Second, UCCAT provides specific insights for understanding the culture of companies. For example, one of the strongest performing companies (e.g. in terms of Employee Focus and Transparency) performed poorly on the dimension of Customer Focus. Conversely, one of the weakest companies (e.g. in terms of Governance, Customer- and Employee Focus) performed well on Transparency. Thus, UCCAT is able to identify cultural dimensions that should be monitored and potentially investigated for both weak and strong performers.

Third, some comments can be made about the patterns of UICs for each company. UICs such as “adapting to a negative event” focus on signs that a company is improving its culture: for example, by admitting and demonstrating willingness to learn from negative events. Other UICs focus on rarely occurring but highly concerning indicators. For example, the UIC of “adjusting CEO bonus”, which reveals problems in governance whereby failure is rewarded. Crucially, no single UIC or culture dimension can be used to determine corporate culture. Rather, overall patterns are telling, and paint a picture of corporate values and practices.[3]

Traditional methods provide static, or at best episodic, snapshots of organizations that are constantly evolving. And they’re limited by researchers’ tendency to assume that distinctive and idiosyncratic cultures can be neatly categorized into a few common types. Several researches have used big-data processing to mine the ubiquitous “digital traces” of culture in electronic communications, such as emails, Slack messages, and Glassdoor reviews. By studying the language employees use in these communications, we can measure how culture actually influences their thoughts and behavior at work. The Big-Data Analytics have ushered in a new scientific approach to measuring culture.[4]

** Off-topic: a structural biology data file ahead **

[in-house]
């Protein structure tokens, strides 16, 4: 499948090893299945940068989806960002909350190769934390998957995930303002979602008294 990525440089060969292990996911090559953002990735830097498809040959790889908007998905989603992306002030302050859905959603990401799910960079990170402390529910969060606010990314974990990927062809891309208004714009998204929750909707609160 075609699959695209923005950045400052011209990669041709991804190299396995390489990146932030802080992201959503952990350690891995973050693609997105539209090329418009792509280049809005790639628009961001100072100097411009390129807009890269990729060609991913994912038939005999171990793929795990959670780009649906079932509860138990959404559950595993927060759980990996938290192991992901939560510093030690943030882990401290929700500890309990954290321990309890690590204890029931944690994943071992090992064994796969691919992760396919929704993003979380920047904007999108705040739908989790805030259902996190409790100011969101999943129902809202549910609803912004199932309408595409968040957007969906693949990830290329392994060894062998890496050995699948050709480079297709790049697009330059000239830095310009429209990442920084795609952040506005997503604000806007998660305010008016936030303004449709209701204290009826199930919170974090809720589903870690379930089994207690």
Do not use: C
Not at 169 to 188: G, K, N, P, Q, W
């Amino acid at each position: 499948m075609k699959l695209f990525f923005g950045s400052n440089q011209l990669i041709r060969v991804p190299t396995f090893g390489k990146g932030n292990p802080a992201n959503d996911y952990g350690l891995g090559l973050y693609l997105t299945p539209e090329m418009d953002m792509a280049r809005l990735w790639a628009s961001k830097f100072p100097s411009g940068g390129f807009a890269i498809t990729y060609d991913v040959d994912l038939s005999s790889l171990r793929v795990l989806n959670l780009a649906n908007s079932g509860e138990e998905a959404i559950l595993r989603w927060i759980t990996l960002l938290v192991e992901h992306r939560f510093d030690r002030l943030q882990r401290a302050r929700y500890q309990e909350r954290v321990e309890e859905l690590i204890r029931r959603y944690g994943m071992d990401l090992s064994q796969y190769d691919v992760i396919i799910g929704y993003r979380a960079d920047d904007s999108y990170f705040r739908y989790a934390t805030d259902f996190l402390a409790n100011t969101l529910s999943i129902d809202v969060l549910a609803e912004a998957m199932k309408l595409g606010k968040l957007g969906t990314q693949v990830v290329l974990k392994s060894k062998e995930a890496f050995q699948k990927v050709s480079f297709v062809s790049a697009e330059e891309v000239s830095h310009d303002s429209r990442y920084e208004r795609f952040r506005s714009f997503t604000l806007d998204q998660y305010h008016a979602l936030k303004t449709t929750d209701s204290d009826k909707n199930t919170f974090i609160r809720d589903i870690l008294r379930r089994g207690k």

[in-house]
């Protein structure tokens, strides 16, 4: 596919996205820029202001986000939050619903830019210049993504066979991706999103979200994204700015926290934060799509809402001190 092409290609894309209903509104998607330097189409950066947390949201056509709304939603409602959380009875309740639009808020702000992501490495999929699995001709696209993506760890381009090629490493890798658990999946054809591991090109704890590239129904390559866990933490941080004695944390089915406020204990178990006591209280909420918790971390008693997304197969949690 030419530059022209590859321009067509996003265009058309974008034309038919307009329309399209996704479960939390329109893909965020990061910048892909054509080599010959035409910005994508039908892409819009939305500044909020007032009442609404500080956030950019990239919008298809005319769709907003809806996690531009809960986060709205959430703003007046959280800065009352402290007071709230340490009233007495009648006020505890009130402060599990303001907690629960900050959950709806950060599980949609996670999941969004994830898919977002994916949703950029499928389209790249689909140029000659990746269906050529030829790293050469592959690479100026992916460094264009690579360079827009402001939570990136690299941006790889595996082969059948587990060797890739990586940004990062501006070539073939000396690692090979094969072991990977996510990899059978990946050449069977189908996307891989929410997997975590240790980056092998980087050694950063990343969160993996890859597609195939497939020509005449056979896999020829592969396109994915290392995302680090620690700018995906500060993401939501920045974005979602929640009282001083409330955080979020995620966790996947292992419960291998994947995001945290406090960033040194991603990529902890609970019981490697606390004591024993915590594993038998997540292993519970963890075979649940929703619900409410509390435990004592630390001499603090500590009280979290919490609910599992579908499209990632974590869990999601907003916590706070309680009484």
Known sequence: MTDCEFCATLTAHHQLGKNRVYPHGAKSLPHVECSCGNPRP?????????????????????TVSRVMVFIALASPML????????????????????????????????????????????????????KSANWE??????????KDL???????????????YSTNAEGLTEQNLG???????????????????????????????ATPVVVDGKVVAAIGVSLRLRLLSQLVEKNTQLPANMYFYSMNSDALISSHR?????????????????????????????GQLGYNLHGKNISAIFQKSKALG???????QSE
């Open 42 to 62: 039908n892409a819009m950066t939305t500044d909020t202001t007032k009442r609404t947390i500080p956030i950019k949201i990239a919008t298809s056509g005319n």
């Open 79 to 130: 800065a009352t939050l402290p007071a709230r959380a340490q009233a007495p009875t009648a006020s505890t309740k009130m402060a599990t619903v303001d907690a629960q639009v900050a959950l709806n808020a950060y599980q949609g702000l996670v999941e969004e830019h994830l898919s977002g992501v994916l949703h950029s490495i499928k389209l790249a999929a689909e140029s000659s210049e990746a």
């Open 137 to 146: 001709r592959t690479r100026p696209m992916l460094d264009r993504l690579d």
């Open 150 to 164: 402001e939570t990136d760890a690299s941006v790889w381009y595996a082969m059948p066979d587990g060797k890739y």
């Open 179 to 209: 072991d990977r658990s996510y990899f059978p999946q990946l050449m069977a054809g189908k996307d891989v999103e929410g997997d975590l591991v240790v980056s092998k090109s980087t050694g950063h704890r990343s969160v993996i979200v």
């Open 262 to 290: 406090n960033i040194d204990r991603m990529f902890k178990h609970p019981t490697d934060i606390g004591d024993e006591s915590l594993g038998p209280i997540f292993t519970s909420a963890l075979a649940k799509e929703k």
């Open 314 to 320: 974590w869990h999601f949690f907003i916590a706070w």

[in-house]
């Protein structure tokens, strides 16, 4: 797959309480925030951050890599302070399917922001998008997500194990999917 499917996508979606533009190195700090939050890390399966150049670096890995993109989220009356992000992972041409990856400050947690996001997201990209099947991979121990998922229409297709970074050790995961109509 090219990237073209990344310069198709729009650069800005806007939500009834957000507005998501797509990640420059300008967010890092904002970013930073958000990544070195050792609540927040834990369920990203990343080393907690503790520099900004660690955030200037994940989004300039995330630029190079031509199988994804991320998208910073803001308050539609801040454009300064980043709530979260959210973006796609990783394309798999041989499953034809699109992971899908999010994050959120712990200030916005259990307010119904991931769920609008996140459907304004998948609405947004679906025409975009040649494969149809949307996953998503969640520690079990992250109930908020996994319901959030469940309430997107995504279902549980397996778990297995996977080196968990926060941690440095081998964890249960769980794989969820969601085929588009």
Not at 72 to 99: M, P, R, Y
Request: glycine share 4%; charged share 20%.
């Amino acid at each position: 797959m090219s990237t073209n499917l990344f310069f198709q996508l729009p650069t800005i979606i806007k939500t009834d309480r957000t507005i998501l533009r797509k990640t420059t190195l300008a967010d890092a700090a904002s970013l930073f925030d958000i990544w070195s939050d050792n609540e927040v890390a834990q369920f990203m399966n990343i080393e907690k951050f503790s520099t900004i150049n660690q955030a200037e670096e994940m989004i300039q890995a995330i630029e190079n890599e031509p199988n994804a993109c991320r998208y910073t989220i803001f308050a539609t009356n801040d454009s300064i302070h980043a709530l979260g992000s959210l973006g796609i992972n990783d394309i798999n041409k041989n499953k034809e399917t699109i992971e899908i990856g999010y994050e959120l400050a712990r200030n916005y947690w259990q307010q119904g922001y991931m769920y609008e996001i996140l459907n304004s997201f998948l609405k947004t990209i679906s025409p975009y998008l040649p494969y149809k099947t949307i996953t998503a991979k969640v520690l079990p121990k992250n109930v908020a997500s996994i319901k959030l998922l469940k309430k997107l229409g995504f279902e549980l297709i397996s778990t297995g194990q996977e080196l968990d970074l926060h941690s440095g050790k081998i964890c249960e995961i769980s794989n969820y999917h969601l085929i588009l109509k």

Measurement of organizational culture acts as guide to the roadmap for improving culture and the performance –

  1. Measurement helps in informed decision-making
  2. Helps in understanding what resources will be required and where and when to invest for better RoIs.
  3. Involvement of a wide spectrum of people in the process of management helps in their better understanding of the culture-related issues, and also helps build better engagement.
  4. Better decisions, by more engaged people and more cohesive culture leads to improved performance.[5]

[1] Measuring Organizational Culture

[2] How to Measure Your Organizational Culture and Values by Ryan Pell

[3] Developing a tool to measure corporate culture from the ‘outside’ – Brett Heasman

[4] The New Analytics of CultureMatthew Corritore, Amir Goldberg and Sameer B. Srivastava

[5] The Importance of Measuring Organizational CultureAndrew Barenz, Client Engagement Associate